These are my reason for having formal lab meeting vs the rapid fire round table approach.




3 responses

23 01 2013

I couldn’t agree more with you. Preparing the presentation actually forces you to critically examine your project; practicing your presentation skills is good; learning how to answer questions and deal with comments is important. May be more time consuming than round table discussions, but I think it pays off.

17 05 2013
10 06 2013
Alienor Chauvenet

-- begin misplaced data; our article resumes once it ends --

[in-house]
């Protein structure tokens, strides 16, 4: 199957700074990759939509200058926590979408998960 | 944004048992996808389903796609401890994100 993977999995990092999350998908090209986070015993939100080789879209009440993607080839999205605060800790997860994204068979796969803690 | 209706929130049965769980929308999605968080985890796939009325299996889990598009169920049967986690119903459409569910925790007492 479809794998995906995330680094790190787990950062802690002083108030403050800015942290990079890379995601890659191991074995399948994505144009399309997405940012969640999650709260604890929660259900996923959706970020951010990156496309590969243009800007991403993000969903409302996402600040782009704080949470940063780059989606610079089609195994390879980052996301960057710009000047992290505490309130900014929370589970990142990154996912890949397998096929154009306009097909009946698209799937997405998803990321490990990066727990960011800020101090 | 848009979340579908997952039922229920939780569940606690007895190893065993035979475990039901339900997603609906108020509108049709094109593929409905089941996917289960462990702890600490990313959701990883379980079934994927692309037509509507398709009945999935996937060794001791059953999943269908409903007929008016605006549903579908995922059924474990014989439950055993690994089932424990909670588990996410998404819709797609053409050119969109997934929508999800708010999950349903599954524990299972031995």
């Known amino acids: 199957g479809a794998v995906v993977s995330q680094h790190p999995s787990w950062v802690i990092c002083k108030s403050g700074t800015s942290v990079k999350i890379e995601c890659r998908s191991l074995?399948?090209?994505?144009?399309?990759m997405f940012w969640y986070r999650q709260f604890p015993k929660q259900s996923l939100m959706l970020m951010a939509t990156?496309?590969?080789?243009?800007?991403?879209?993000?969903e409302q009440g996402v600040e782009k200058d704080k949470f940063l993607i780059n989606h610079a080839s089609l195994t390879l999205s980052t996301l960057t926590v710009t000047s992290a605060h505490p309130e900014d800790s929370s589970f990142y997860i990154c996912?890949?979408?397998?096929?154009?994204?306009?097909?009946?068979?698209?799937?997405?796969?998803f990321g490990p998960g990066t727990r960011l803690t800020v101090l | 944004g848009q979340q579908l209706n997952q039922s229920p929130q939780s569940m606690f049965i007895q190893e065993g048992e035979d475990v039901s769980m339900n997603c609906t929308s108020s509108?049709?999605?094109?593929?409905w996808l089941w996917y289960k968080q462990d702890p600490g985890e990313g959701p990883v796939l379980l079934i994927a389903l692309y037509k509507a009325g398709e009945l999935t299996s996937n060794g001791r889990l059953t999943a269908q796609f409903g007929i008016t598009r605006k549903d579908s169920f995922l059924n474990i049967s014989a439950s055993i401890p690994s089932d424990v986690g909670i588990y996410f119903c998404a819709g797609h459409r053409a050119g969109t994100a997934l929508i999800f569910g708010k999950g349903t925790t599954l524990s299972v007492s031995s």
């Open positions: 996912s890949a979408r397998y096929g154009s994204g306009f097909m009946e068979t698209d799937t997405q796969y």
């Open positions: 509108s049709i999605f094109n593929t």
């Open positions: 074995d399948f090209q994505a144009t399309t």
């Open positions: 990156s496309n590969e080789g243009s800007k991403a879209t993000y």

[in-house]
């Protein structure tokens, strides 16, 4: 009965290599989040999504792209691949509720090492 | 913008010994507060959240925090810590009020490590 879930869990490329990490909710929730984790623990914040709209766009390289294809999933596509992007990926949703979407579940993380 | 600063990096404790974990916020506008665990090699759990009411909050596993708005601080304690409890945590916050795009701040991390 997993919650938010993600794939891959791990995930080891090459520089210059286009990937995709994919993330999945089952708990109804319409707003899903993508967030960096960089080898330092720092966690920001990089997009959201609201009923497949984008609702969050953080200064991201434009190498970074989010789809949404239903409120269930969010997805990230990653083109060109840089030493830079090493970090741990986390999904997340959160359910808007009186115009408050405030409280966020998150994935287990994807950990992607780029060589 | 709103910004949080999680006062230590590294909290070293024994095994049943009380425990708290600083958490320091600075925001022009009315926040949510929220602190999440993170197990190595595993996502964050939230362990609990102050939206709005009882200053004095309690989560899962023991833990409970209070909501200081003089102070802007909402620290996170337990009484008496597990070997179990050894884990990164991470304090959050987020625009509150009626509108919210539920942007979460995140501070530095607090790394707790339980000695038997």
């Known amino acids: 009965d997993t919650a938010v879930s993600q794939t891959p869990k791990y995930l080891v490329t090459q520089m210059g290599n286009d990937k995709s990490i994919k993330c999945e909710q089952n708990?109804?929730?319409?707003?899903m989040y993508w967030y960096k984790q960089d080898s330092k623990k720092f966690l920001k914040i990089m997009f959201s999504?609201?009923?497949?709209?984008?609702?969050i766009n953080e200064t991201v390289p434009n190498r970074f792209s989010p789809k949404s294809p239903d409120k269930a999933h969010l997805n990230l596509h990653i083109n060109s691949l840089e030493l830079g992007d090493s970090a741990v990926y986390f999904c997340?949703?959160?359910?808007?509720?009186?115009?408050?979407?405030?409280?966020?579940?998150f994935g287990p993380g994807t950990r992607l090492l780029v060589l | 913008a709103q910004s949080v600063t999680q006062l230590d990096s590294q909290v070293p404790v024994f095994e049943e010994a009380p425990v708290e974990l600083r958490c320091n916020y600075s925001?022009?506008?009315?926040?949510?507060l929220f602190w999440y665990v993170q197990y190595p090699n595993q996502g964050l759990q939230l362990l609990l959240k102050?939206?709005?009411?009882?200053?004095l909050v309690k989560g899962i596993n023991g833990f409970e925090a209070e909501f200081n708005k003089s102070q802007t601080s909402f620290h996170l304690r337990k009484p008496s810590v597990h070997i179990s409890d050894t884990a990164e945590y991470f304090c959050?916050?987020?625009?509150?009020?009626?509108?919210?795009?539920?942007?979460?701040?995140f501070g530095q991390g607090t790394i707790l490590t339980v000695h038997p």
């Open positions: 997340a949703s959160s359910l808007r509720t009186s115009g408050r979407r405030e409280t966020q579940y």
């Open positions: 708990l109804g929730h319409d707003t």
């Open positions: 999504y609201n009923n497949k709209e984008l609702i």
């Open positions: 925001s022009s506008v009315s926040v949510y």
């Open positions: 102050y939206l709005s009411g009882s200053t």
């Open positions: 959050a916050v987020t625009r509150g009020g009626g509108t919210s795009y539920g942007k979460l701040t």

I realise how late I am to this discussion (January post !!), but I just wanted to say that I truly believe that making students do formal presentations at lab meetings is very important. Besides the obvious benefits you mention, and the fact it teaches them to keep to the time, speak in front of an audience, etc… I think that by praising them (even inflating a bit how well they did and how barely nervous they looked ;)) you can raise their confidence a lot. Of course, there is space for constructive criticism but I think that showing them you are proud of their courage and execution can be very beneficial.